Every time I walk past my “work at home” workstation, the corner where, until Friday, Kim’s medical records, our notes, and documentation relative to the equipment used to treat her cancer sat glares at me. It seems so very empty now. Her death certificates, certain insurance, and Social Security information remain, but the binders and folders have been replaced with a For Dummies book on my Christmas present – the first SLR camera I’ve owned in about 20 years – a digital SLR (the last one I owned used this substance they called “film”…) – some notepads, and a pile of religious books I had bought over the last few months – books related to on meeting your loved ones in heaven, purgatory, and things like that (light reading, I guess…)
There still remain many things I have yet to do with regard to settling all the necessary things about her life, but the task list – at least the KNOWN task list – is getting smaller. Some seem so ludicrous in the light of the “life change” we’ve experienced – like going to Sam’s Club to show her death certificate so that I can change my card to the master membership. In the grand scheme of things, it really doesn’t matter much: it’s not a credit card (at least we don’t use it as one), but since each household gets two cards, it would be better to make one of the kids the second card so that it can be used. Getting my own “Kroger Card” so there is no confusion going forward on the credit card continuing for a deceased person, discounts, and “points”… Stuff like that, which the companies that provide them do not seem to have processes to manage such circumstances – at least no processes I’ve been able to ferret out. Most of her other credit cards – those that were in her name with me secondary or not at all (a good practice for all you young ‘uns starting your life together – if *I* were the one who had passed, having the good credit score that resulted from the clean payment records on those cards would have been VERY important to Kim’s future wellbeing!) were for merchants I have no further use for, and I have no interest in continuing a line of credit with those that remain. Those will eventually close due to no activity as I’ll be shredding the renewal cards.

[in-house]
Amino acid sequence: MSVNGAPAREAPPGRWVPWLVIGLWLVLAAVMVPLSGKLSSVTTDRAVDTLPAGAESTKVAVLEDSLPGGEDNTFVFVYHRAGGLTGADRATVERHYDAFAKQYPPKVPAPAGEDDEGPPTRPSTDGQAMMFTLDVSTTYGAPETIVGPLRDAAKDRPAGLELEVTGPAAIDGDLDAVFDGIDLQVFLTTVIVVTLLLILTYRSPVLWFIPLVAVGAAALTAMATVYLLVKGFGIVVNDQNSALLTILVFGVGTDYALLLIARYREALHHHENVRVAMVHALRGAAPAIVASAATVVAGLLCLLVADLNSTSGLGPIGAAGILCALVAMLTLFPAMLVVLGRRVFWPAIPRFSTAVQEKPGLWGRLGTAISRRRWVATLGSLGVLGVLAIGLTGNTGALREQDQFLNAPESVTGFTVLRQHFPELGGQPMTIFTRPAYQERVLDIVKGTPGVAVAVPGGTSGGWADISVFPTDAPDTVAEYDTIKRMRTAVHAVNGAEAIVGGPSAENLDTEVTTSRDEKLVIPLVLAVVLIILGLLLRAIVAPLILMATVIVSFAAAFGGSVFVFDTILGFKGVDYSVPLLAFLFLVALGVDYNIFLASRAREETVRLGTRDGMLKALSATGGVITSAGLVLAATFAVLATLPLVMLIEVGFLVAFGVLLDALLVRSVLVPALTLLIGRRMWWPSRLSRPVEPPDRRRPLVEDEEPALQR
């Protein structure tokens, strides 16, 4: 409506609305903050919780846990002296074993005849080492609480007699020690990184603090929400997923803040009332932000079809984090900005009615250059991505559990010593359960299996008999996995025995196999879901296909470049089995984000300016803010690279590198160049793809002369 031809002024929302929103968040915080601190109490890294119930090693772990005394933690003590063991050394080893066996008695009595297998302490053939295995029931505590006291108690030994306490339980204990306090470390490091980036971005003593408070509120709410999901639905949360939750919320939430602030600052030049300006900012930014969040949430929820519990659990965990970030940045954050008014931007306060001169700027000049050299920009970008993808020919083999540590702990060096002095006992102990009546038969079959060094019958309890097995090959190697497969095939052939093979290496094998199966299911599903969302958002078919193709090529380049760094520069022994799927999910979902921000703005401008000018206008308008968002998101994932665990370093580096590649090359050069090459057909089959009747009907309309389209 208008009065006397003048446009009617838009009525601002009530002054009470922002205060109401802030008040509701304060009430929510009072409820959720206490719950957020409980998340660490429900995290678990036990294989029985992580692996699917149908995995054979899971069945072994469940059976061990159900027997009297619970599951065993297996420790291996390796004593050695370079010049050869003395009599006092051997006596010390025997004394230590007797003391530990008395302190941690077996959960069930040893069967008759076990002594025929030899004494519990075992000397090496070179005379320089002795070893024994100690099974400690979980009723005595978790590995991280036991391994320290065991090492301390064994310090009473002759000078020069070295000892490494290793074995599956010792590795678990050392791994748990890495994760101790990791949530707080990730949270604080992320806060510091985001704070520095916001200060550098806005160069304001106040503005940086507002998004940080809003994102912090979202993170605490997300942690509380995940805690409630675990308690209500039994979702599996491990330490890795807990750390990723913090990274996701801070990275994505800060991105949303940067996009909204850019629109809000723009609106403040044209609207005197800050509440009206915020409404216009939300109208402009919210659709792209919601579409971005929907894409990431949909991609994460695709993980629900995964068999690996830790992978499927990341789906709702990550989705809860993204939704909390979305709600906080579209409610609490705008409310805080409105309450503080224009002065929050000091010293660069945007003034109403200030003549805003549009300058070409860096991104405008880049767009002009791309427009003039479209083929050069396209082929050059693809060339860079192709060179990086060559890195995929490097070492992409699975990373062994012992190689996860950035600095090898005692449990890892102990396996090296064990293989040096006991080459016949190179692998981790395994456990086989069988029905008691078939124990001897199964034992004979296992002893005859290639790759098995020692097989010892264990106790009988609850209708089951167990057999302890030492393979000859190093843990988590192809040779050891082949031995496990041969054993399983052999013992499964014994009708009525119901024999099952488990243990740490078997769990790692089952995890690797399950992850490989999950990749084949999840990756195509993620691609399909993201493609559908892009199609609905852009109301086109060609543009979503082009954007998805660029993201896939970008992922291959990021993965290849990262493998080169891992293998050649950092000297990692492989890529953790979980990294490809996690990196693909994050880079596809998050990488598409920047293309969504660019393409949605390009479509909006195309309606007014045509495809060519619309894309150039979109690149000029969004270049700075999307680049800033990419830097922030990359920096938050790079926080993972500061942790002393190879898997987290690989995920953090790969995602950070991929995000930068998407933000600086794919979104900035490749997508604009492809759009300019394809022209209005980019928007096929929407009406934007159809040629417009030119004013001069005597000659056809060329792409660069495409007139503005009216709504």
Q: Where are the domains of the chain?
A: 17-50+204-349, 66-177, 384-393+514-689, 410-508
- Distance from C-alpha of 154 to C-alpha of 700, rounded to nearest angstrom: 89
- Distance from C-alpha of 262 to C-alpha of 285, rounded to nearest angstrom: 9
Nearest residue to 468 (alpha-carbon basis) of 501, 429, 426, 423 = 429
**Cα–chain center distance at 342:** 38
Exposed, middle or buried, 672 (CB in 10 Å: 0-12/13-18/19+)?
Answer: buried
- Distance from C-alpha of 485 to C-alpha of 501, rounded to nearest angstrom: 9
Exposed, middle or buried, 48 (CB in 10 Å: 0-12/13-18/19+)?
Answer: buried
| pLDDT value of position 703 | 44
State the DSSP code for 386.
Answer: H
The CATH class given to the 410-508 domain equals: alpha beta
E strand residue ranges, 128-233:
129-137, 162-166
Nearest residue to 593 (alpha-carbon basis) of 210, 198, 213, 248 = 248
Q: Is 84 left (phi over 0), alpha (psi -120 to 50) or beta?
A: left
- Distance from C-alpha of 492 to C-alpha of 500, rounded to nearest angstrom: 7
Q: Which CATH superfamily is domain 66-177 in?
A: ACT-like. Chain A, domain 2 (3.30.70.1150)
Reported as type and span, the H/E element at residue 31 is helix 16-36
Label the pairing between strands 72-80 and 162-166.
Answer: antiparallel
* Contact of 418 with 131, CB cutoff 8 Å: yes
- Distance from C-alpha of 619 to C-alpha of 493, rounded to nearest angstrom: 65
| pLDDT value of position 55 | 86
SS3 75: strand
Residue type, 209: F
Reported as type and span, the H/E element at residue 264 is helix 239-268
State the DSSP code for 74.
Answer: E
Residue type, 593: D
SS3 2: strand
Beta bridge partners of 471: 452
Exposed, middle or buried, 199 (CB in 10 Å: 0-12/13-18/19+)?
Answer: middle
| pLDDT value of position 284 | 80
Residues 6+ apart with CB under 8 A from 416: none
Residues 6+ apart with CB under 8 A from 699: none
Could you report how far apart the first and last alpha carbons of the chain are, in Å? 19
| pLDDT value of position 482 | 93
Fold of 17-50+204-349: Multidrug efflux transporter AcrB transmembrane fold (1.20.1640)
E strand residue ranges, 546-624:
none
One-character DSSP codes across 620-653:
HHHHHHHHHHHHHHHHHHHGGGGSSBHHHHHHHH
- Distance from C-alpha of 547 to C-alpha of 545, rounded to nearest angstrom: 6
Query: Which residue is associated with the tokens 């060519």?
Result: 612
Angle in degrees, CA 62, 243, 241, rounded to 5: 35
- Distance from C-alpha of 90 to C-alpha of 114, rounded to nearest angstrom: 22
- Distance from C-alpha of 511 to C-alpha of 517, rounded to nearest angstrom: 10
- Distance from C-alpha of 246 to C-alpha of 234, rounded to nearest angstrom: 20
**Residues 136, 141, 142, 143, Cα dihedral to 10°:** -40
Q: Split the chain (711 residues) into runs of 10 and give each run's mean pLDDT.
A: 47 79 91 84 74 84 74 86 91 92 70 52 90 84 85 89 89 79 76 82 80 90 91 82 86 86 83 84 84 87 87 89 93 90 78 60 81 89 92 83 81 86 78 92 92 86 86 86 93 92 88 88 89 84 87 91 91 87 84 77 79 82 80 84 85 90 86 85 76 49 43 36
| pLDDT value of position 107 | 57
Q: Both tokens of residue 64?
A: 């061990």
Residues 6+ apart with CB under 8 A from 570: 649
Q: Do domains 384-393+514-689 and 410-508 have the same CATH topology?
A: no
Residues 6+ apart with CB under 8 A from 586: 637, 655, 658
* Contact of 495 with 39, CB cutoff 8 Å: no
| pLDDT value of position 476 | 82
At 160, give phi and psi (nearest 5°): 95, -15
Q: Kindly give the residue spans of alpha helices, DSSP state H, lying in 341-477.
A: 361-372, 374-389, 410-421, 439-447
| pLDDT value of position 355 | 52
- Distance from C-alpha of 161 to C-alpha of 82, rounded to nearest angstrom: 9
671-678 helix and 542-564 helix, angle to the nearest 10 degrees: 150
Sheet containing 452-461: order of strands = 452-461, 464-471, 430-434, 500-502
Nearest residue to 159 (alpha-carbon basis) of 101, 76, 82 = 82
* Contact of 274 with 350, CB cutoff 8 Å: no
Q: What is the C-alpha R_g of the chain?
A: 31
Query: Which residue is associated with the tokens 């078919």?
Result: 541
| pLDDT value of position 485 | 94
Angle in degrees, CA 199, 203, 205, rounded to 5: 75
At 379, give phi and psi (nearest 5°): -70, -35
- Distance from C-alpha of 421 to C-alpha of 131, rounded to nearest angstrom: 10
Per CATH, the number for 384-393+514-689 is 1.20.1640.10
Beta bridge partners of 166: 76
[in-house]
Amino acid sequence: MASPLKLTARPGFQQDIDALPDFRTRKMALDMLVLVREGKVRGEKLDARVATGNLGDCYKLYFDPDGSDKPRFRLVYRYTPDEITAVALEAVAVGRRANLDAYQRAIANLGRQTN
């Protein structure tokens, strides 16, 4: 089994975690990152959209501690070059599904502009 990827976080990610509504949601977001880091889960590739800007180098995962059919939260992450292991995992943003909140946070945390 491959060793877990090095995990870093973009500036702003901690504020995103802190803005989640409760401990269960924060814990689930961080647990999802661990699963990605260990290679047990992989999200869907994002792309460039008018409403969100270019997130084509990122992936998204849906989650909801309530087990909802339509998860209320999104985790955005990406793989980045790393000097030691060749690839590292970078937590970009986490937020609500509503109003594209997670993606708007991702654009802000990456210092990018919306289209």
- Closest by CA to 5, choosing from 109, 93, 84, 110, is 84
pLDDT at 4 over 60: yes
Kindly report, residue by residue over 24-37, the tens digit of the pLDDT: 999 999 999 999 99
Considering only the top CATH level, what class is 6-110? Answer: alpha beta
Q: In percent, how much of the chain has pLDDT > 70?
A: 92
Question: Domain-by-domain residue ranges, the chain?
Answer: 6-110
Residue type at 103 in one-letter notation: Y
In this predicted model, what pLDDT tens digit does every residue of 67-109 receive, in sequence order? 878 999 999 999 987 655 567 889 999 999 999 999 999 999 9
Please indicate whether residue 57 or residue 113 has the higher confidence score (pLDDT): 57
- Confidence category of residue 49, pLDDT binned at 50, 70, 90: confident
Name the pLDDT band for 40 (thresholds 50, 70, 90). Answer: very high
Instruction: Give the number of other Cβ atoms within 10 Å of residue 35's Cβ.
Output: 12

Most of the “important” stuff is done – removal from my work-provided healthcare, removal as a beneficiary to my insurance policy… And then, I’ll be putting everything that’s left into a revocable living trust to make the kids’ lives easier when my time comes.
I will have to dig into her pension with her longest employer – unfortunately, they were “acquired” in recent years, and the issue of her pension is a bit murky. Kim wasn’t good at keeping track of that sort of thing, and, at the time the change took place, I was up to my eyeballs with one of the most difficult launches of my career in a far-away land. Hopefully, I saved the pertinent documentation in a rational place when I was home for a weekend. Best case, it’s in the front closet where I tend to toss all the “benefit” information we get. Second best case, it is stored with the income tax information for that year – a bit more difficult to find, but still better than “random”. Worst case, since I likely wasn’t at home when it came in, Kim squirrelled it away somewhere. We shall see.